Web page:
Active Bond

AAA

DEFINITION of 'Active Bond'

A bond or other fixed-income security that is frequently traded on the New York Stock Exchange. Active bond orders are typically filled quickly due to the presence of higher demand from investors and generally have lower bid-ask spreads.

INVESTOPEDIA EXPLAINS 'Active Bond'

Active bonds are traded by active bond crowds, which are traders that buy and sell bonds that are frequently traded. This is different than bonds infrequently traded, which are traded by the inactive bond crowd. Because of the higher liquidity of active bonds, active bond traders are better able to dictate prices.

RELATED TERMS
  1. Bond

    A debt investment in which an investor loans money to an entity ...
  2. Inactive Bond Crowd

    A group of exchange members who buys and sells bonds, that are ...
  3. Convertible Bond

    A bond that can be converted into a predetermined amount of the ...
  4. Fixed-Income Security

    An investment that provides a return in the form of fixed periodic ...
  5. Floor

    The lowest acceptable limit as restricted by controlling parties. ...
  6. Bid-Ask Spread

    The amount by which the ask price exceeds the bid. This is essentially ...
RELATED FAQS
  1. Which asset classes are the most risky?

    Equities is the riskiest class of assets. Dividends aside, they offer no guarantees, and investors' money is subject to the ... Read Full Answer >>
  2. How do you find accrued interest on a bond?

    A bond is a debt instrument issued by a company, government agency or municipality to raise money. Interest payments are ... Read Full Answer >>
  3. What are the main disadvantages of fixed income securities?

    Fixed-income securities attract investors because they provide guaranteed returns in the form of fixed, regular cash payments. ... Read Full Answer >>
  4. Which factors most influence fixed income securities?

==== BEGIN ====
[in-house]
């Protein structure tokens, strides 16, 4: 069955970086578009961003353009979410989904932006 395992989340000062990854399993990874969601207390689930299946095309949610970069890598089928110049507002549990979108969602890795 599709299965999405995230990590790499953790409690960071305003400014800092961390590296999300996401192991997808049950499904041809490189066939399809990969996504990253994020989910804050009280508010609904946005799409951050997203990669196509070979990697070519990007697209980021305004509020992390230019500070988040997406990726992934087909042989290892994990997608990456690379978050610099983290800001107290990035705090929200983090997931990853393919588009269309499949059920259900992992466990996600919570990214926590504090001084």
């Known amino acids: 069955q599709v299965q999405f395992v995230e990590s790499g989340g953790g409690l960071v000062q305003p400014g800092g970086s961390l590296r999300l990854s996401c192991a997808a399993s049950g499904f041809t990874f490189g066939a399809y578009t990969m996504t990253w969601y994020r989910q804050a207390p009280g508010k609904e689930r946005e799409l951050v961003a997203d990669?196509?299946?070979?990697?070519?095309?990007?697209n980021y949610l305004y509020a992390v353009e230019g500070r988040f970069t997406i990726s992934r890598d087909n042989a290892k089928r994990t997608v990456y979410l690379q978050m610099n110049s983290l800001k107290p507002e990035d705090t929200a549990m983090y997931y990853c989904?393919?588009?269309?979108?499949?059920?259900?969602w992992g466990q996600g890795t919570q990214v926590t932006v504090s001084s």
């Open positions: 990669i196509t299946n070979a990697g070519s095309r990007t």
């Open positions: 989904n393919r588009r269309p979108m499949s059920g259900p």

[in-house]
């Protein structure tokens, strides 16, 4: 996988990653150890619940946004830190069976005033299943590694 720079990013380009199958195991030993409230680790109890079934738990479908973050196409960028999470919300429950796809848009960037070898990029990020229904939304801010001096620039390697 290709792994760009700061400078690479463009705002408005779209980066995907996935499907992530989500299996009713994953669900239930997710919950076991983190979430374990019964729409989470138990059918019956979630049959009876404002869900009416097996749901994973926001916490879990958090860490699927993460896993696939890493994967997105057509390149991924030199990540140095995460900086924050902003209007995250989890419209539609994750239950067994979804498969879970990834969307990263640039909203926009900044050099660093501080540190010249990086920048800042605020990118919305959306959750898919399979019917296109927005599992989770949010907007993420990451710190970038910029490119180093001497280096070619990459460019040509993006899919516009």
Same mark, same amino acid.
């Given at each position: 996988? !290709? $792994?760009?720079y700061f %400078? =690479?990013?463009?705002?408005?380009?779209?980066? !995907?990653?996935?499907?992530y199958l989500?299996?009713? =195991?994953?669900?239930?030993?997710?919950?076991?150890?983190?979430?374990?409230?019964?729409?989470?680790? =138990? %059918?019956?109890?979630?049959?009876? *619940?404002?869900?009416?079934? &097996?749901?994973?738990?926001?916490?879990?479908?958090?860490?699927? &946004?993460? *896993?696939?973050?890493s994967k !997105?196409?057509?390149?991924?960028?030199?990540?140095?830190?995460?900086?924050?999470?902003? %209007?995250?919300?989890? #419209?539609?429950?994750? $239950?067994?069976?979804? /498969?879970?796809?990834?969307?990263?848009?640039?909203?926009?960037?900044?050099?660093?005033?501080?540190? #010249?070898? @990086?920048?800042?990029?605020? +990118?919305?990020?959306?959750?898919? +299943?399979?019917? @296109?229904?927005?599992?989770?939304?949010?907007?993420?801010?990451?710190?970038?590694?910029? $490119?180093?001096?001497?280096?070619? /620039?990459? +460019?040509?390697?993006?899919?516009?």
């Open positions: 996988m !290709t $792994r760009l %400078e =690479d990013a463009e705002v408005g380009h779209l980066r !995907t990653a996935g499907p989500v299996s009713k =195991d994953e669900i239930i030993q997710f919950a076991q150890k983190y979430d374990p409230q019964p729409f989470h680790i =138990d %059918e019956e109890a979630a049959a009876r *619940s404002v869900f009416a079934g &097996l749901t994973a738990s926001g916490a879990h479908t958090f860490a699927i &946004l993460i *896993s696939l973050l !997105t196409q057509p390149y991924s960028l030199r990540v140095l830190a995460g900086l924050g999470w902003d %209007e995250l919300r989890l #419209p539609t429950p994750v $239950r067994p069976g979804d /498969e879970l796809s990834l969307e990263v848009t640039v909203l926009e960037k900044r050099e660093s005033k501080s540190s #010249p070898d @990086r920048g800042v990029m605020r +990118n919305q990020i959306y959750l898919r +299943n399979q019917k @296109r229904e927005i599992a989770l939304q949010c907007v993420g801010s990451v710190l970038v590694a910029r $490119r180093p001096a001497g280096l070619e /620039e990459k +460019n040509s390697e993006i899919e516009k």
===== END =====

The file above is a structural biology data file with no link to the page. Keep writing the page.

The main factors that impact the prices of fixed income securities include interest rate changes, default or credit risk, ... Read Full Answer >>
  5. Does the S&P 500 index include dividends?

    The S&P 500 index includes dividends. As of March 2015, the dividend yield for the S&P 500 was 1.91%. This is below ... Read Full Answer >>
  6. What is the difference between fixed assets and current assets?

    Fixed assets, also known as property, plant and equipment (PP&E), are tangible assets that a company expects to use for ... Read Full Answer >>
Related Articles
  1. Bonds & Fixed Income

    Six Biggest Bond Risks

    Don't assume that you can't lose money in this market - you can. Find out how.
  2. Mutual Funds & ETFs

    Evaluating Bond Funds: Keeping It Simple

    Discover some of the key factors for determining a fund's risk-return profile.
  3. Options & Futures

    Top 4 Strategies For Managing A Bond Portfolio

    Find out how these strategies work and how you can put them to work for you.
  4. Retirement

    Bond Basics Tutorial

    Investing in bonds - What are they, and do they belong in your portfolio?
  5. Bonds & Fixed Income

    Advanced Bond Concepts

    Learn the complex concepts and calculations for trading bonds including bond pricing, yield, term structure of interest rates and duration.
  6. Mutual Funds & ETFs

    Pros & Cons Of Bond Funds Vs. Bond ETFs

    Understanding the pros and cons of bond funds and bond ETFs will help you choose the instrument that is best for building your diversified bond portfolio.
  7. Mutual Funds & ETFs

    Pros and Cons: Preferred Stock ETFs vs. Bond ETFs

    A look at the differences between preferred stock ETFs and bond ETFs and when you should invest in one over the other.
  8. Bonds & Fixed Income

    Understanding Negative Rates Of Europe's Central Banks

    We are currently seeing negative central bank deposit rates and government and corporate bonds with negative yields, but there are investors buying into these securities. Why?
  9. Economics

    The Fed's Impact On Emerging Markets

    Higher US interest rates could make it more expensive for emerging market borrowers to service their debt commitments.
  10. Investing

    What’s The Essence Of Smart Beta In Fixed Income?

    In essence, smart beta strategies seek to re-write index rules to capture factors, such as value, quality, or low volatility, in their stock portfolios.

You May Also Like

Hot Definitions
  1. Venture-Capital-Backed IPO

    The selling to the public of shares in a company that has previously been funded primarily by private investors. The alternative ...
  2. Merger Arbitrage

    A hedge fund strategy in which the stocks of two merging companies are simultaneously bought and sold to create a riskless ...
  3. Market Failure

    An economic term that encompasses a situation where, in any given market, the quantity of a product demanded by consumers ...
  4. Unsystematic Risk

    Company or industry specific risk that is inherent in each investment. The amount of unsystematic risk can be reduced through ...
  5. Security Market Line - SML

    A line that graphs the systematic, or market, risk versus return of the whole market at a certain time and shows all risky ...
  6. Tangible Net Worth

    A measure of the physical worth of a company, which does not include any value derived from intangible assets such as copyrights, ...
Trading Center